assess students' prior knowledge, gather the students in a circle
around a set of objects that have been sorted. You might select blocks
that are flat and round, pattern blocks that may be sorted by color,
multicolored connecting cubes, or cubes connected in long and short
Ask the students to name the rule that you used for
sorting--such as big and little, round and flat, red and blue, or long
and short--and provide labels for the various sorting rules the
students name. These labels might be printed on index cards to make
them easy to move about for different sorts.
Have the students return to their seats and record a picture
that matches a rule you used in the sorting activity, such as big and
little or round and flat, on the Student Learning Guide, Assessing Prior Knowledge activity sheet.
Depending on the age and ability of the students, you might have
them label their drawings with a rule. For older students, you might
provide labels printed on the paper and have the students draw a
picture that matches the rule.
To begin the lesson, gather the students as a whole group and
review the rules for sorting and classifying objects using the
recordings that the students made during the previous lesson, "Finding
Properties for Sorting".
Read the chart created in the previous lesson that lists the various properties used for sorting.
Compare the list with the properties used by the students in
this lesson, and add new ideas if the students proposed properties not
The students might recognize properties in this lesson that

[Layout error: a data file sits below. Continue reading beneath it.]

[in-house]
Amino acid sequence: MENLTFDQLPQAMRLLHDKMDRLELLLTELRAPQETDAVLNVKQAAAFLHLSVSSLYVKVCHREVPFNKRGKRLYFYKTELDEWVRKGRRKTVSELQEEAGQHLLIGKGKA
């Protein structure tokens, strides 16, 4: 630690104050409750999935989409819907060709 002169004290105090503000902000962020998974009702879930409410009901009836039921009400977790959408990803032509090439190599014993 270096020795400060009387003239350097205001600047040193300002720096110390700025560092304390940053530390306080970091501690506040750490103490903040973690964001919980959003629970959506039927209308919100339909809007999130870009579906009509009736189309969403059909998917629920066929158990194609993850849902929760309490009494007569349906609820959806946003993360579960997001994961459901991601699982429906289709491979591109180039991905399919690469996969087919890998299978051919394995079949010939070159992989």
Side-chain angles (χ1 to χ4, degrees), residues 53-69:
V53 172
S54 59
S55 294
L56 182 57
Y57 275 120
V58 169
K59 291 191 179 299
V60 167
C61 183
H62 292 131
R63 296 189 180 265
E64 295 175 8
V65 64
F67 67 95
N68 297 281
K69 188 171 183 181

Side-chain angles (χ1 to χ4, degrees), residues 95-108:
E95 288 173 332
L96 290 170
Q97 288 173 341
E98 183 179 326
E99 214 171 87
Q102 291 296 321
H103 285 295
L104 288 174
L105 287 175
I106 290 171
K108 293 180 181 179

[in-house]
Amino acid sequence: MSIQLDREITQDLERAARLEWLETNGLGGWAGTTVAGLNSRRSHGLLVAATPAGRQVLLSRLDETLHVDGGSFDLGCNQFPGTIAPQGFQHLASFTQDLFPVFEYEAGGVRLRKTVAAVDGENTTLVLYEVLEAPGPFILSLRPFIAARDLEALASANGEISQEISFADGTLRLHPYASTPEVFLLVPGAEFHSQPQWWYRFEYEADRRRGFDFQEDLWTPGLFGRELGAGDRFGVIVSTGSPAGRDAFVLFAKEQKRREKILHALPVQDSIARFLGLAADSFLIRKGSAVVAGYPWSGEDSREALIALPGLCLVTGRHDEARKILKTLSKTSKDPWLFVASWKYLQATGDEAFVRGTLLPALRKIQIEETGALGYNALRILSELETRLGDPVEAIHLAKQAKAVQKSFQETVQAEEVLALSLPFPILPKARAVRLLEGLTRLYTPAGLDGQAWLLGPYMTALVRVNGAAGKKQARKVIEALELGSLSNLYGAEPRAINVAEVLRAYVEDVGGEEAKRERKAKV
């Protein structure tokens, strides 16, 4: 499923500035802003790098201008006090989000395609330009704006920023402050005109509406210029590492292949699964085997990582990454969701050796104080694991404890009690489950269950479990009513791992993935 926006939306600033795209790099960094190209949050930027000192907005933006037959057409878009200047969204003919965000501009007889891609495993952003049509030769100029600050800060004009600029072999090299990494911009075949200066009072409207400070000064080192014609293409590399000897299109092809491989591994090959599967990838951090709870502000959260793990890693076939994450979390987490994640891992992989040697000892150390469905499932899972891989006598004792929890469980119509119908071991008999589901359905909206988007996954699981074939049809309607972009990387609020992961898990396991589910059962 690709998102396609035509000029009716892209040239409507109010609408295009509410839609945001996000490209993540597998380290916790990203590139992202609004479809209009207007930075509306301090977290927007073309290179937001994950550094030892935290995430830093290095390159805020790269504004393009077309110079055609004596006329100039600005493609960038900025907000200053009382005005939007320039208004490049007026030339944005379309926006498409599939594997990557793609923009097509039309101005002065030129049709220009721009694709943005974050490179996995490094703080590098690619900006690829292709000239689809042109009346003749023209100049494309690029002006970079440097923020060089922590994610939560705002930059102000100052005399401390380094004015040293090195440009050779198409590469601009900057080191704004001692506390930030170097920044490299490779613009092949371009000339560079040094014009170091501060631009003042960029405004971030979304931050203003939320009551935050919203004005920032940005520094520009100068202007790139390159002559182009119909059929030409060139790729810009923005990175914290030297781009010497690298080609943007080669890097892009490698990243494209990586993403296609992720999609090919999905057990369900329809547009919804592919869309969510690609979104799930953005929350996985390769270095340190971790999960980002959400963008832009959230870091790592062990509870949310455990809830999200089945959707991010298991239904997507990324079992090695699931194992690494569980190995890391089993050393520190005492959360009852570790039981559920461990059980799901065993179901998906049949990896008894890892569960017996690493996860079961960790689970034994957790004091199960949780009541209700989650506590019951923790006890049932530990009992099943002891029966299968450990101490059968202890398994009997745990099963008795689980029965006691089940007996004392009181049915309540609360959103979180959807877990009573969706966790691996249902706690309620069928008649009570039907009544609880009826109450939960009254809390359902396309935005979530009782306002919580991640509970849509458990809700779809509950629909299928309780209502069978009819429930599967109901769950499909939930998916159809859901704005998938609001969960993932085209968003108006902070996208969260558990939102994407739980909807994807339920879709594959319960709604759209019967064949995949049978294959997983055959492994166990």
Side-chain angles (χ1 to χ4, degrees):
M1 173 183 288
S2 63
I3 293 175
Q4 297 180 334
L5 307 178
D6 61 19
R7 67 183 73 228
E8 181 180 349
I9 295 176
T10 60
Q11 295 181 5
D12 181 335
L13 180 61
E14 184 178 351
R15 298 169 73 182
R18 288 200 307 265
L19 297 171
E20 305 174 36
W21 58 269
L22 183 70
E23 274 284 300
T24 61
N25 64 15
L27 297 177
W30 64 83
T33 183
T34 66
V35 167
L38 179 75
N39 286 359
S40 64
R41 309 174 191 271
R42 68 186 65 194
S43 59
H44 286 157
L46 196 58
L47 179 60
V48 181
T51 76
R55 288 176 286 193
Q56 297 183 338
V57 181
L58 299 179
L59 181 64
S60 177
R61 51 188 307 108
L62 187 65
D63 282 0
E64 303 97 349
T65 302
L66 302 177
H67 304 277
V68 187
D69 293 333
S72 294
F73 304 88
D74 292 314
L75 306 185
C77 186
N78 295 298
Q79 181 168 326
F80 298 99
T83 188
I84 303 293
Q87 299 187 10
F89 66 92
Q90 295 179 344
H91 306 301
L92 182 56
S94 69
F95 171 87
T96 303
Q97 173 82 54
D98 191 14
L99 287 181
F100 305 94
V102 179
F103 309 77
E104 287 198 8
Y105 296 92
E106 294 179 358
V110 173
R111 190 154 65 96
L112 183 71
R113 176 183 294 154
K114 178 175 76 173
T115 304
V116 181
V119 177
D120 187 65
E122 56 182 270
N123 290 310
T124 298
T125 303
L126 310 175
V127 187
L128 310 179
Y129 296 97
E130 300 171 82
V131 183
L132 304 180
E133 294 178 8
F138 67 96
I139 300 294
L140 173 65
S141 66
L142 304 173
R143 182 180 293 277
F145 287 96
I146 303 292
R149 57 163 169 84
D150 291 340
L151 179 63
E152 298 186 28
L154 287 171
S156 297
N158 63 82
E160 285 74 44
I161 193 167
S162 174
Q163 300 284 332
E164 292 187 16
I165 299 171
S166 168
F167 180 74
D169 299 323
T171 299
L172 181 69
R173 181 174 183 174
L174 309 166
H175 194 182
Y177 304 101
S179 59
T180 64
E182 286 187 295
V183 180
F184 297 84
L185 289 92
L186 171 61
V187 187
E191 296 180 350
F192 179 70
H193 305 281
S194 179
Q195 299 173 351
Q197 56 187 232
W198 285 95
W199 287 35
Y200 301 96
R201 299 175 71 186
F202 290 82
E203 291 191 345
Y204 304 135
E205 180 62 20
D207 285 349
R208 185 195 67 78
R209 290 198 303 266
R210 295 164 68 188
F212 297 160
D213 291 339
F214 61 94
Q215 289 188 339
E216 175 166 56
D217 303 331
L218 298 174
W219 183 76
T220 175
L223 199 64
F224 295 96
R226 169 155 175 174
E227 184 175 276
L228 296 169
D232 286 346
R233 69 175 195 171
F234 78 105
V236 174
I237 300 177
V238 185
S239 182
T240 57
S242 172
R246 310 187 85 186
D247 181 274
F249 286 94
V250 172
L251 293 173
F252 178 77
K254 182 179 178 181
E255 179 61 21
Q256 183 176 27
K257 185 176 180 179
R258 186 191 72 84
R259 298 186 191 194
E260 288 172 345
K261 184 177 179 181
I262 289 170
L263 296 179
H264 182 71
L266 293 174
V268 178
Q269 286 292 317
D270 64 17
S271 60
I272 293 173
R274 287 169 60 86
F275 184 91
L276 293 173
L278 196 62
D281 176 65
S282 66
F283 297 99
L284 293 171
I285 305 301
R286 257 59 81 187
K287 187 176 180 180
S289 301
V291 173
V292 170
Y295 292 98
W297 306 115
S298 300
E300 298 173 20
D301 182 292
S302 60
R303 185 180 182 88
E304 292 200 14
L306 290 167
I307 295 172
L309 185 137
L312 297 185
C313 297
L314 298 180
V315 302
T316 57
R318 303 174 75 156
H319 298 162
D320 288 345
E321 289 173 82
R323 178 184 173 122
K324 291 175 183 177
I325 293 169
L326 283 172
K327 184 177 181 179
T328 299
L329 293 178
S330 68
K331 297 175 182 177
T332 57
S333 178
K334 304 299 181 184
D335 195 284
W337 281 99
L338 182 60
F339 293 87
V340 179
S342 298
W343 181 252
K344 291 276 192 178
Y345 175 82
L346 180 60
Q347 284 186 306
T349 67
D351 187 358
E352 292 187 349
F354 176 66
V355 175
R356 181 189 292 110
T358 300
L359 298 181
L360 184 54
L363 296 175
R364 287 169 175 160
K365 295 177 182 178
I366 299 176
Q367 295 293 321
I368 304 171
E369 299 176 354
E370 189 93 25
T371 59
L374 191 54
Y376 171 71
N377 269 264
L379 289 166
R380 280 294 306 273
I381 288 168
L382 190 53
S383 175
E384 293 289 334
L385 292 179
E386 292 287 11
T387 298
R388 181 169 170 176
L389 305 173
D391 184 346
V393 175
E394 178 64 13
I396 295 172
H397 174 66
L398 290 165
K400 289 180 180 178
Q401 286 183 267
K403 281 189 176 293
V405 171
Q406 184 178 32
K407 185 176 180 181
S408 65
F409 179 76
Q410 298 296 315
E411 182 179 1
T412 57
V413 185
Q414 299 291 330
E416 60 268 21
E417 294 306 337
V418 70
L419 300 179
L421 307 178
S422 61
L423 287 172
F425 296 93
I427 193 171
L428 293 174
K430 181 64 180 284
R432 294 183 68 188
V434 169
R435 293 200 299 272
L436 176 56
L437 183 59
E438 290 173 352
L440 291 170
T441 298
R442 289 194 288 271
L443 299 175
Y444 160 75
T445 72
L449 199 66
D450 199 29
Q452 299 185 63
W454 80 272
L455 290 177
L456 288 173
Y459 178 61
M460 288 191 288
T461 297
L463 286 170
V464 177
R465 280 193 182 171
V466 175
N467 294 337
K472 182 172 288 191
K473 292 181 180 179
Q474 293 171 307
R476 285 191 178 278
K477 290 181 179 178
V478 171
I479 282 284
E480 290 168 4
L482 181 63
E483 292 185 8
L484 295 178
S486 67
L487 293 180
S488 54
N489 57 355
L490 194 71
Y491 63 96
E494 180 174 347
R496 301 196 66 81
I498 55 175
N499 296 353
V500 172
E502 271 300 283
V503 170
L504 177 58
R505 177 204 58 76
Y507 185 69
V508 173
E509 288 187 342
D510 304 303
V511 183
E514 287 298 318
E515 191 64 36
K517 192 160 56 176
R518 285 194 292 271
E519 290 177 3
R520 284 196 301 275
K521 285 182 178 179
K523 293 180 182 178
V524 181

were not apparent to them in the previous lesson. This indicates that
they have learned new ways to sort.
Ask the students to stay in their seats and identify properties
for sorting that are found around the room. Discuss the properties and
the rules for identifying them.
To develop the students' skills in observing for a common property, ask certain students to come to the front of the class.
Select the students by choosing a common property, such as all
wearing tennis shoes, all wearing clothing with stripes, all wearing
clothing with writing, all having blue eyes, or all who are
Once those with similar characteristics are standing, invite
the other students to name the sorting rule that you used. When the
students have correctly named your rule, discuss why other rules might
also be accurate.
It is important to acknowledge the keen observation skills of
young children because they will find unique patterns, such as the
students wearing broken buttons or the students wearing black shoes
Ask the students to explain how they arrived at their rules.
Defending answers is essential for building reasoning skills. It also focuses on observation of multiple properties.
Model the above procedure several times so that the students
fully understand how to look for and select a property common to all
the students in the group.
Have different students take turns choosing the rule, selecting
the students, calling on someone to identify the sorting rule, and so
Engage the students in discussing how they developed strategies to identify the patterns.
The Key Questions might be used at appropriate points to focus on the mathematics inherent in this activity.
Have the students draw a picture of a group of students
displaying a common property and write a one- or two-word title that
describes the sorting rule--for example, "Stripes," "Wearing Red,"
"Wearing Plaid," or "Blue Eyes." If appropriate, have the students
write a statement describing their picture.
Review these recordings to determine the students' current level of understanding.